Shelling Peas ... and bringing ‘value to the world’
by Dick Yarbrough
May 24, 2013 10:24 PM | 1391 views | 0 0 comments | 8 8 recommendations | email to a friend | print
Dick Yarbrough
Dick Yarbrough
Those of us with a bully platform can get so caught up in our own self-importance we may forget it takes two to have a dialogue. If you are not interested in what I have to say or don’t find me credible, this is pretty much a waste of everybody’s time and I could bring more value to the world by shelling peas at the Farmers Market.

That is why I make a few speeches on occasion. It gives me a chance to meet readers face-to-face and find out what they are thinking, and to get instant feedback on my own job performance.

This week I visited the East Cobb Business Association. Fortunately for me, they laughed in all the right places. Fortunately for them, I was not long-winded — hearing myself talk isn’t what I consider quality time — so everybody got out of there and back to their jobs before I bored the starch out of them.

The East Cobb Business Association is composed of area business owners, managers and entrepreneurs of all stripes, and is just one of the groups that help make Cobb County a great place to live and work.

I departed a bit from my usual format of Olympic war stories and describing the histrionic responses my columns seem to engender, and fielded questions from the audience. I wanted to know what was on their minds. After hearing them out, I am more convinced than ever that our government and the media have become so isolated and out-of-touch with mainstream America that we have scant faith or trust in either of them. If we don’t trust these institutions, who can we trust?

Granted, the members of the ECBA are a tad more sophisticated and perhaps better educated than most but if they feel as they do, I am going to make a leap in judgment and say most Americans feel the same way.

The godawful Obama Administration has done more to shred the public’s faith in government than any I can remember since the days of Watergate. Maybe worse.

When I mentioned the Internal Revenue Service’s recent admission about targeting conservative groups, there was a collective groan in the room. Just what the IRS needs — an image problem.

The same with the attacks on the Benghazi embassy in Libya and the obvious cover-up during Obama’s re-election campaign, with Administration officials saying the attacks were “spontaneous” and not a deliberate act of terrorism. That turned out to be untrue. Four people died in the attacks but Mr. Obama got reelected. First things first.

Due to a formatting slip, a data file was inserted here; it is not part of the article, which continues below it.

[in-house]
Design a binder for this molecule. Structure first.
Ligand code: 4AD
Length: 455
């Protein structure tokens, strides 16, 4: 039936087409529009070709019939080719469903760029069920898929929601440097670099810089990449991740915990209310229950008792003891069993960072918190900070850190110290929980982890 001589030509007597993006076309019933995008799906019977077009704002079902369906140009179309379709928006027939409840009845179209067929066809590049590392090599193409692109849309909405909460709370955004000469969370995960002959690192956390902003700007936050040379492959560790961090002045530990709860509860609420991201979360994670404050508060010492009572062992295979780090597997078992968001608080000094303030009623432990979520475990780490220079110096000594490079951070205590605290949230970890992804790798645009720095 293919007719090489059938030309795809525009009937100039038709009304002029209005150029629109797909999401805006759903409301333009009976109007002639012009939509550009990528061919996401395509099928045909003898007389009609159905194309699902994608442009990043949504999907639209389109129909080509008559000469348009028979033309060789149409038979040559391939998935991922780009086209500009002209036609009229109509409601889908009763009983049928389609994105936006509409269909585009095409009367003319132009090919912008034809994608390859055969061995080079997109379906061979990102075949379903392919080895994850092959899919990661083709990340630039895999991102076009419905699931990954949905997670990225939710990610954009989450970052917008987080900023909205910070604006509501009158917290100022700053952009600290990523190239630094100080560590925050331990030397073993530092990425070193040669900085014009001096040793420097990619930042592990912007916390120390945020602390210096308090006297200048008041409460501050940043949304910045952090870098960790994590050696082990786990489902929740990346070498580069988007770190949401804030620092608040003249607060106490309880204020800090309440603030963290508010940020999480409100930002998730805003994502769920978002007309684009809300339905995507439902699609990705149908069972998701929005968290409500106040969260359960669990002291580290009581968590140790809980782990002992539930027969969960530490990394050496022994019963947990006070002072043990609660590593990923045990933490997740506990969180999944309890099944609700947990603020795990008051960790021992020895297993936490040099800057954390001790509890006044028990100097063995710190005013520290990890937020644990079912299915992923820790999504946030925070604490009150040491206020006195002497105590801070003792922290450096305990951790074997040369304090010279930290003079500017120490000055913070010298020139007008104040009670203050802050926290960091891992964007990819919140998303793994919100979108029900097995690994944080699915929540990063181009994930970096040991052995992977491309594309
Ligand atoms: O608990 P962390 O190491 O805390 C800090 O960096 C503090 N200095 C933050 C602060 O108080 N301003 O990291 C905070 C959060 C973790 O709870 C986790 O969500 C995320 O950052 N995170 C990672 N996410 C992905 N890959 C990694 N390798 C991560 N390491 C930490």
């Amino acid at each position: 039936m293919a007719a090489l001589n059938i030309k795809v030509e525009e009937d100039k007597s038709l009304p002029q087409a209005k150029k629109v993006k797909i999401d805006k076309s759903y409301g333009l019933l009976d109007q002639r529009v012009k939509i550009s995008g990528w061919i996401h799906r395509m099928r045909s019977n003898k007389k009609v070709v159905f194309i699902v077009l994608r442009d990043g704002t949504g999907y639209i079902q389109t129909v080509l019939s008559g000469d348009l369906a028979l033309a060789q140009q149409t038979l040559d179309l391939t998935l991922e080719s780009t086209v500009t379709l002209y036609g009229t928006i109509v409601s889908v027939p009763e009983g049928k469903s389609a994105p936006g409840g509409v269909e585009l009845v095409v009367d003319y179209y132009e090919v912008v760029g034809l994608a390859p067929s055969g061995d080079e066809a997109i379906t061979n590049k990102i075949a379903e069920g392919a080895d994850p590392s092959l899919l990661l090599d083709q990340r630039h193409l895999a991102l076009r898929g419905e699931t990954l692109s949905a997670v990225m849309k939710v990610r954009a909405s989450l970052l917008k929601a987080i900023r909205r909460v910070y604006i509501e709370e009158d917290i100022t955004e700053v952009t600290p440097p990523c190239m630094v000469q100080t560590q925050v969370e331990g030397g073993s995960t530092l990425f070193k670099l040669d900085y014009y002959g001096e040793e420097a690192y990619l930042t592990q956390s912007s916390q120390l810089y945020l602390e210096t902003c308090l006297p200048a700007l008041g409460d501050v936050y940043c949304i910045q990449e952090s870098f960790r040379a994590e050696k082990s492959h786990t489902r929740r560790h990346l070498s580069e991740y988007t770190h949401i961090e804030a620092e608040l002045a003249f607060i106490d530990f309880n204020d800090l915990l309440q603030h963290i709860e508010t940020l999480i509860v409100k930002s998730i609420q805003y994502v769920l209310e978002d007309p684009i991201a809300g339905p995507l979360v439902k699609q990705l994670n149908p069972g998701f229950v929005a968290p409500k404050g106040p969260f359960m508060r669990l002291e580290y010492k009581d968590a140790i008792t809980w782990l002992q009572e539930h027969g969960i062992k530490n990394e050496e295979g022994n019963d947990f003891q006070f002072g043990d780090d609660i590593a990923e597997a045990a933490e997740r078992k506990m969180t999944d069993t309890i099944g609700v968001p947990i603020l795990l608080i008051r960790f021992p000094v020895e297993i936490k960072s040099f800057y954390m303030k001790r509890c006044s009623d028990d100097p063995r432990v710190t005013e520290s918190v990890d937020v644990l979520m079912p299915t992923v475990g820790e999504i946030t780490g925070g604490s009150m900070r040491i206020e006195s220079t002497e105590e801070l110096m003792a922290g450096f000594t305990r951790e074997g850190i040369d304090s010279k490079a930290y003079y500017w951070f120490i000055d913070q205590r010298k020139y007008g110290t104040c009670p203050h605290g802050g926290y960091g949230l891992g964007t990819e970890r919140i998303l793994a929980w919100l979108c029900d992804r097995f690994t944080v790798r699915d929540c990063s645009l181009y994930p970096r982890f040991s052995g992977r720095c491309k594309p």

For those who support term limits, I said we already have term limits for politicians. It is called the ballot box. The problem is with regulators who transcend political terms. We don’t elect them and these faceless bureaucrats are the ones strangling us in red tape for their own job security.

The media have their own credibility problems. One attendee remarked that the media seem to be more into the entertainment business these days than in reporting the news. I agree. Besides having to watch a bunch of people yelling at each other on television, getting an informed and unbiased opinion on an issue seems to be a thing of the past.

I told the group that the Obama Administration crossed a serious line in subpoenaing the phone records and personal information of The Associated Press and a Fox News reporter, claiming they are investigating leaks that could impact national security. What makes this even scarier is so many people are so turned off by the national media which, with few exceptions, seem to be cheerleaders for liberal causes. No one seems to appreciate that one of our bedrock freedoms is under siege. Freedom of the Press doesn’t belong to the press. It belongs to all of us.

I was asked about immigration. My view is we can’t send everybody back who is already here so we have to figure out what to do with them and to do a better job in the future of stopping people from sneaking into the country illegally.

Finally, someone wanted to know how I felt about chickens in the yard. I said it is my firm belief that chickens are people, too, and have the same right of free assembly as do all Americans. They didn’t know if I was joking or not, but I think they decided that was a good time to end the meeting.

It was a good day and I learned a lot. I hope the audience found the experience as informative as I did. Otherwise, I might as well be shelling peas.

You can reach Dick Yarbrough at or P.O. Box 725373, Atlanta, Georgia 31139.

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